Southeast Asian Studies

The Southeast Asia specialisation is specifically intended for students interested in one or more aspects of Southeast Asia, such as history, literature, art and art history, media and cultural studies, religious studies, philosophy or philology.

Expertise in Leiden is concentrated on Indonesia, but also covers the other Southeast Asian countries. The programme allows students either to emphasise language and a single country study, or a specific discipline and region, especially since many courses examine regional issues that go beyond the study of a single country or language. The programme’s modular structure with elective courses and an individually supervised thesis allows students a considerable degree of freedom and individual specialisation.

The specialisation gives students ample opportunity either to deepen classical or modern language learning started at BA level, or, if they wish, to start with the relevant modern languages. Students have the option of taking an intensive modern Indonesian language course. Knowledge of the Indonesian language is required for some, but not all, courses.

MA in Asian Studies
The one-year MA in Asian Studies allows students to specialise in pre-modern history, modern history, art and art history, linguistics, literature, religious studies and philosophy, sociology, development studies, media studies, political science and international relations, and anthropology. The many courses and specialisations of the programme cater for students with many different backgrounds and study aims, including those without knowledge of one or more Asian languages.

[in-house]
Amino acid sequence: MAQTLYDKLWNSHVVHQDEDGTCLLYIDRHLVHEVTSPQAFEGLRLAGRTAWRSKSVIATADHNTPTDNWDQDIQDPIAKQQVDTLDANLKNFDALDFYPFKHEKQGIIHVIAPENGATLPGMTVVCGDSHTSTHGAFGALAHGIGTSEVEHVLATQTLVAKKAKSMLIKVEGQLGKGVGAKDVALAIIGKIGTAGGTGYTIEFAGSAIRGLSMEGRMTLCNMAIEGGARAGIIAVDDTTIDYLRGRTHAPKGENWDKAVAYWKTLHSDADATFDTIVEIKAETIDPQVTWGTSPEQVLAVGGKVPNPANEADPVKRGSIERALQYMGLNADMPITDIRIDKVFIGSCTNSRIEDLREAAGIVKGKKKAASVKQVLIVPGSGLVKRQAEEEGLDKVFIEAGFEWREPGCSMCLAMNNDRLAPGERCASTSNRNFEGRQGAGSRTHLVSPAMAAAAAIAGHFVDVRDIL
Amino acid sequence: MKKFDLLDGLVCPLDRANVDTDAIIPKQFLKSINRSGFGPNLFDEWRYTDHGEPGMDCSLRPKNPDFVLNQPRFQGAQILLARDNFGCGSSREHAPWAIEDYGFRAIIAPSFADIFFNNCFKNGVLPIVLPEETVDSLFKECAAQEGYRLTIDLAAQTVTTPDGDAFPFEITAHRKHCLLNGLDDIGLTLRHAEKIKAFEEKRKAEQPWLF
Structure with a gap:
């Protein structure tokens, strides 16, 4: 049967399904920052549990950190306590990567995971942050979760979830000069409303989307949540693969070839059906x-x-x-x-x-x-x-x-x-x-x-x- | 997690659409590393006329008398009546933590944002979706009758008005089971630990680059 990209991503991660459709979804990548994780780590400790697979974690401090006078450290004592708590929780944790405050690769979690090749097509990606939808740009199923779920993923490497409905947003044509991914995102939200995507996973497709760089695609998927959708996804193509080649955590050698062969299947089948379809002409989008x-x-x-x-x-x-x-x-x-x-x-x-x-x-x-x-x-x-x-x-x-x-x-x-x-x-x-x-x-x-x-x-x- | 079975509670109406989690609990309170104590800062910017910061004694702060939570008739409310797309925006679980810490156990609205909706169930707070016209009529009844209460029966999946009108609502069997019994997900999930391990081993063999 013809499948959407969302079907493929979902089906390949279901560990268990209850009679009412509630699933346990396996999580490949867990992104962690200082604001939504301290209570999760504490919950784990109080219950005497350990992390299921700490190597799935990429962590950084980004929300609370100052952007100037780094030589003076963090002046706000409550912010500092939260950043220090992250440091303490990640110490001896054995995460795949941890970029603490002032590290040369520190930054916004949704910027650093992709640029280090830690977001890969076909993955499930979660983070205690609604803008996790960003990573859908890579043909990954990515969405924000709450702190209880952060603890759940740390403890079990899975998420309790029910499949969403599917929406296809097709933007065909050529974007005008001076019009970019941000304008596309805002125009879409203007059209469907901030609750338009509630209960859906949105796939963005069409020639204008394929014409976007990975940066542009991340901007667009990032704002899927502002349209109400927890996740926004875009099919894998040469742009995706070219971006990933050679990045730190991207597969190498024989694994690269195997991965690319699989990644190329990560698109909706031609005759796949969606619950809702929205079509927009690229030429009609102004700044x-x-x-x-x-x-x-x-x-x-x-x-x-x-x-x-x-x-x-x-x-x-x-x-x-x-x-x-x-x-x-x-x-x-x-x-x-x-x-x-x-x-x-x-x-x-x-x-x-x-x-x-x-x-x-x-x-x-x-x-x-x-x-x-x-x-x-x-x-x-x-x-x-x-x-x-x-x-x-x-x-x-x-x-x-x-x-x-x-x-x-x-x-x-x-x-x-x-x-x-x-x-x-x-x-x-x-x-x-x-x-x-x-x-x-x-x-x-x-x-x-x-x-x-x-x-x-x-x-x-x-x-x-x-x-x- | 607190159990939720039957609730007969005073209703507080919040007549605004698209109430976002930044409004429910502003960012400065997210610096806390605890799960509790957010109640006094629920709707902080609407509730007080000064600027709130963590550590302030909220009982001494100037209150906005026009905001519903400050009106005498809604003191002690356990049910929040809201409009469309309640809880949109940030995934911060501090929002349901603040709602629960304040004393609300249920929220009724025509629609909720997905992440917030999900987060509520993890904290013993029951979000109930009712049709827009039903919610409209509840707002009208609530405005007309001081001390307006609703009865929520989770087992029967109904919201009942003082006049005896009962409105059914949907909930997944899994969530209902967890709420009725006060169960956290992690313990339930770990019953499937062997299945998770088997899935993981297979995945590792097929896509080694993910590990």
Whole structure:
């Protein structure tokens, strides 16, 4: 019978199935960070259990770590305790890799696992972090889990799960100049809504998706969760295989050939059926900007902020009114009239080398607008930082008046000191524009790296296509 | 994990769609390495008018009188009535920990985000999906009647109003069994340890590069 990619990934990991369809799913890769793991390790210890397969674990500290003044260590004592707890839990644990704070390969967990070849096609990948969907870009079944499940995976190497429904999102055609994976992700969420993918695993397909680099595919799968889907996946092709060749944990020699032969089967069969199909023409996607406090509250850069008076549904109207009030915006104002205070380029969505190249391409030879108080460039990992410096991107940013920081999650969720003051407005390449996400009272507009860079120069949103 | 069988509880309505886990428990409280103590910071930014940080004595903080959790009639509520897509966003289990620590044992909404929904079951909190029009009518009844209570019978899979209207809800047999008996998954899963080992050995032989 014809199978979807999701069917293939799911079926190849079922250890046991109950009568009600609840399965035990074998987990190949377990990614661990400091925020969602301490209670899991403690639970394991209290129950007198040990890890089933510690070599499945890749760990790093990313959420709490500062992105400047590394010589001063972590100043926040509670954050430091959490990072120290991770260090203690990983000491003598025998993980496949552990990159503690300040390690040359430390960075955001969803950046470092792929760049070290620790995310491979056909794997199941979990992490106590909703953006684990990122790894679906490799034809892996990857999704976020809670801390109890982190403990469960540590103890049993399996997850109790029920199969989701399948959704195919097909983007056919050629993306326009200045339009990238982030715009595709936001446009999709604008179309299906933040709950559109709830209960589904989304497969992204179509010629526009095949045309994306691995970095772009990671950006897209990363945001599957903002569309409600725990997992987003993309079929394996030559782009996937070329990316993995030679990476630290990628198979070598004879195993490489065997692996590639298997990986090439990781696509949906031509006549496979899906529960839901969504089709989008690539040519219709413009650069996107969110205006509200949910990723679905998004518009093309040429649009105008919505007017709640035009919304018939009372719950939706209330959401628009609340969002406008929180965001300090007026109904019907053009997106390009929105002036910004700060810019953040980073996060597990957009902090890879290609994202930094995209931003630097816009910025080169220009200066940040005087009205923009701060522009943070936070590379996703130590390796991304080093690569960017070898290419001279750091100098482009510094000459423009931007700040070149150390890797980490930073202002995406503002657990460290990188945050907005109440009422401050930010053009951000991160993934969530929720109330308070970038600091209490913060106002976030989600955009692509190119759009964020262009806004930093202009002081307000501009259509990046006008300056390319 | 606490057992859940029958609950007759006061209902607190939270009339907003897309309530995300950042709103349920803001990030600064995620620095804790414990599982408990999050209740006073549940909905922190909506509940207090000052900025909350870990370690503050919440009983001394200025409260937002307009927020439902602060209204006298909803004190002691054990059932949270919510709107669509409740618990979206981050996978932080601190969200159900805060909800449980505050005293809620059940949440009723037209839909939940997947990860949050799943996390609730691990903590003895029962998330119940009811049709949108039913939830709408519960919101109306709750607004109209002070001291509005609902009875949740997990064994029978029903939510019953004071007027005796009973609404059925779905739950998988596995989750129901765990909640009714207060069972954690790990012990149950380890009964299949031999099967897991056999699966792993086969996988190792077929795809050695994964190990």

Master details

  • This is a specialisation of: Asian Studies
  • Degree Master of Arts in Asian Studies
  • Mode of study Full-time
  • Duration 1 year
  • Start date September, February
  • Language of instruction English
  • Location Leiden
  • Croho/isat code 60839

Prof. Bernard Arps

Bernard Arps

“A characteristic of our study is that it is strongly empirical: we offer factual material as well as comparative historical perspectives.”

“In 1992 I obtained my doctorate with my dissertation on Tembang in Two Traditions, a study of the handing down of the recital of Javanese poems in two different traditions, the tradition of a Javanese court in Central Java, and of the countryside in the far eastern part of Java, towards Bali. I placed ancient Javanese traditions in a modern context. My specialist field is modern media, music and Javanese theatre. My fascination can be traced back to my youth when I first came into contact with gamelan music, and played in a gamelan orchestra.

There are very few departments anywhere in the world which can measure up to the one in Leiden. Leiden has a long tradition in the field of studying Indonesia. The book collection of the University Library is unparalleled anywhere. Also outside the university, students have access to unique sources, such as the Royal Netherlands Institute of Southeast Asian and Caribbean Studies (KITLV). The staff corps also has eminent and active researchers.

A characteristic of our study is that it is strongly empirical: we offer a lot of factual material as well as comparative historical perspectives. This approach attracts students from all parts of the world.”

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